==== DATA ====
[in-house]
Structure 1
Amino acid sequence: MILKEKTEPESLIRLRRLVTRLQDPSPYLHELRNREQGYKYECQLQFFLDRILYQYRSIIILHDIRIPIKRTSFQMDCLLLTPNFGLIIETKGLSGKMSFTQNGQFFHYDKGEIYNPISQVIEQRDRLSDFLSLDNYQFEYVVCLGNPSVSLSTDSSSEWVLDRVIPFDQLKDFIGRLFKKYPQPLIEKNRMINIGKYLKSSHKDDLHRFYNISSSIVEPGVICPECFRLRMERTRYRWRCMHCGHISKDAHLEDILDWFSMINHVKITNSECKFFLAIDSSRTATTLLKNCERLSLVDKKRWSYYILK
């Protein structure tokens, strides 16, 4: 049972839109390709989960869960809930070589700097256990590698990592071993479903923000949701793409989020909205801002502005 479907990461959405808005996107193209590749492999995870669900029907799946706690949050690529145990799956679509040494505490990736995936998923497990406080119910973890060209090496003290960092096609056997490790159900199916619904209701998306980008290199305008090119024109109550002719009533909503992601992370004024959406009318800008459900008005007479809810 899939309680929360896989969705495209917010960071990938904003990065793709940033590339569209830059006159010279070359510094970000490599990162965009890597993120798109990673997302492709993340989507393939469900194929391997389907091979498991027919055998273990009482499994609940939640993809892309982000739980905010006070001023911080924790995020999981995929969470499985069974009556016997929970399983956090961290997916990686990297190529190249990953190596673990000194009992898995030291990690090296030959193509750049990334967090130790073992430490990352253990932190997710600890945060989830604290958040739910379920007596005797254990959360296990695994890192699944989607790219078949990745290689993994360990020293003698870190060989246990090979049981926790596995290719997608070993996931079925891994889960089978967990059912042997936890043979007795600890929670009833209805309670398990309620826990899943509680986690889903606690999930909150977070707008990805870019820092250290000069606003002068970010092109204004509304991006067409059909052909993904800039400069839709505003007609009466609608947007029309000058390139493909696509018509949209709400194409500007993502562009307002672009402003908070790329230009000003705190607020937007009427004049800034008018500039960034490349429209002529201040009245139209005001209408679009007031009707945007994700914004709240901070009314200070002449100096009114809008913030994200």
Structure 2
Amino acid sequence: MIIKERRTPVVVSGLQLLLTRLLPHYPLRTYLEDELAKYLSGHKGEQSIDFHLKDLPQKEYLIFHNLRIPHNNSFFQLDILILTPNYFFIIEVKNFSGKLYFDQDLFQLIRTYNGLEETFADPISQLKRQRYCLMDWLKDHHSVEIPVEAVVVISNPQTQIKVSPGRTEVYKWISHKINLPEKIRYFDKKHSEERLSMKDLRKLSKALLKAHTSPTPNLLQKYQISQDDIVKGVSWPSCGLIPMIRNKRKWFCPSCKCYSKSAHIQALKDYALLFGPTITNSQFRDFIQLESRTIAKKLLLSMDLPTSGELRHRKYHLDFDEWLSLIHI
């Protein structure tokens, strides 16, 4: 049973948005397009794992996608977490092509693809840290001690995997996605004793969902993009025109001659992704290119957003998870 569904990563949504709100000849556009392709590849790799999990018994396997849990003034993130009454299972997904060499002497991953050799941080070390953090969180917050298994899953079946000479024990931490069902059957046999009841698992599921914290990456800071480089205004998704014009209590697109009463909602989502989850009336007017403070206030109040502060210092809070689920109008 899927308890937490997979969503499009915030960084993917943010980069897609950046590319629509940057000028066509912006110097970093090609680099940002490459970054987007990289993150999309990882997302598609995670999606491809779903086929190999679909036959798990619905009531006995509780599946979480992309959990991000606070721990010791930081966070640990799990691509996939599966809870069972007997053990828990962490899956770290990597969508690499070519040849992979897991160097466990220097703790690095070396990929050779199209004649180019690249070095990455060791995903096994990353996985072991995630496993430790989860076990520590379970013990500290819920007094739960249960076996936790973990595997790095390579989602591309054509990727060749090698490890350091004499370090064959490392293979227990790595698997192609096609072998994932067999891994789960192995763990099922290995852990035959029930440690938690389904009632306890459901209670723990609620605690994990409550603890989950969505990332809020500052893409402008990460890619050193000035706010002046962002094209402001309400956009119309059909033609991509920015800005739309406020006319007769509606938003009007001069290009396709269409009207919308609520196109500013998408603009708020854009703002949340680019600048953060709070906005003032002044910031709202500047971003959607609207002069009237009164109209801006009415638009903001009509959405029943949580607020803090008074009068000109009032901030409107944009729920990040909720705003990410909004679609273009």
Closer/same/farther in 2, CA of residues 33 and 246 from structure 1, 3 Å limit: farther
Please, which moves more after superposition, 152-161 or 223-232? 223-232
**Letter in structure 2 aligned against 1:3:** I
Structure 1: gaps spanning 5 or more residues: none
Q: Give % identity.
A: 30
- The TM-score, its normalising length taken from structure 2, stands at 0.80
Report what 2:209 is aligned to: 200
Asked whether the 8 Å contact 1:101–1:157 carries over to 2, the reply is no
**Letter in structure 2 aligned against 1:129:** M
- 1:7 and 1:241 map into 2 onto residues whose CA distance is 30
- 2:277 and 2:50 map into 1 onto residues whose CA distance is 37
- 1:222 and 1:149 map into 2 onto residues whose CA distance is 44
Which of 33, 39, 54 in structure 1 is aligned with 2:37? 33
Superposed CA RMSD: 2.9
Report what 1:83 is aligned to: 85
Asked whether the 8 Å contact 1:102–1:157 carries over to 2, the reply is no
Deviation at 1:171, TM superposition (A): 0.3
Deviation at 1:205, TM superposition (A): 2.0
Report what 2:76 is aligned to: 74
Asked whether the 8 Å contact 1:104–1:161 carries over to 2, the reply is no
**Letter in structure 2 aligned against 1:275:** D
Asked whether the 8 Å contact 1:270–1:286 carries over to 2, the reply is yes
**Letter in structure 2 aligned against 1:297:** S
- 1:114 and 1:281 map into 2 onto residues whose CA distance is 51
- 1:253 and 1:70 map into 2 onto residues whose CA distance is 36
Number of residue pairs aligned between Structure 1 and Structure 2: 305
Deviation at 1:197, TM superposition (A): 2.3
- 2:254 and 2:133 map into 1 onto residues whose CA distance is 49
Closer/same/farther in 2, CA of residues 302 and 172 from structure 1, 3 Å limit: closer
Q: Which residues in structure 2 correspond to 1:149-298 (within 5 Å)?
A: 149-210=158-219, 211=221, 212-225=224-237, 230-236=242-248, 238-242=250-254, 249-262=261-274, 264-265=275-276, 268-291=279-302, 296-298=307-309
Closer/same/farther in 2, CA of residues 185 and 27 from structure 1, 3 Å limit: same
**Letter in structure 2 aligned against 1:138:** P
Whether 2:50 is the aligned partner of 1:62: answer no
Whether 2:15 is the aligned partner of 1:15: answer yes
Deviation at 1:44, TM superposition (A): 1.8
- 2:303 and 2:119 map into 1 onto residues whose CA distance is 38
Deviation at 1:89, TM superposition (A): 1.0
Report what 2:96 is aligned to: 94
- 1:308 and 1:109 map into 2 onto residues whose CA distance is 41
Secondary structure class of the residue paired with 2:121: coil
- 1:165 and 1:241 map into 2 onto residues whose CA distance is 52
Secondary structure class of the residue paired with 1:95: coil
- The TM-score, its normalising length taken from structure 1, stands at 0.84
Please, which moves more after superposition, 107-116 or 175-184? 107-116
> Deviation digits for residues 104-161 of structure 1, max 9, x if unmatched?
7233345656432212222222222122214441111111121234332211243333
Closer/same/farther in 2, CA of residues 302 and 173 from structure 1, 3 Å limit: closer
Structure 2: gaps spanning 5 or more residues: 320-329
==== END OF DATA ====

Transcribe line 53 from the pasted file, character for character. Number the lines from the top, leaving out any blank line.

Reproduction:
Please, which moves more after superposition, 107-116 or 175-184? 107-116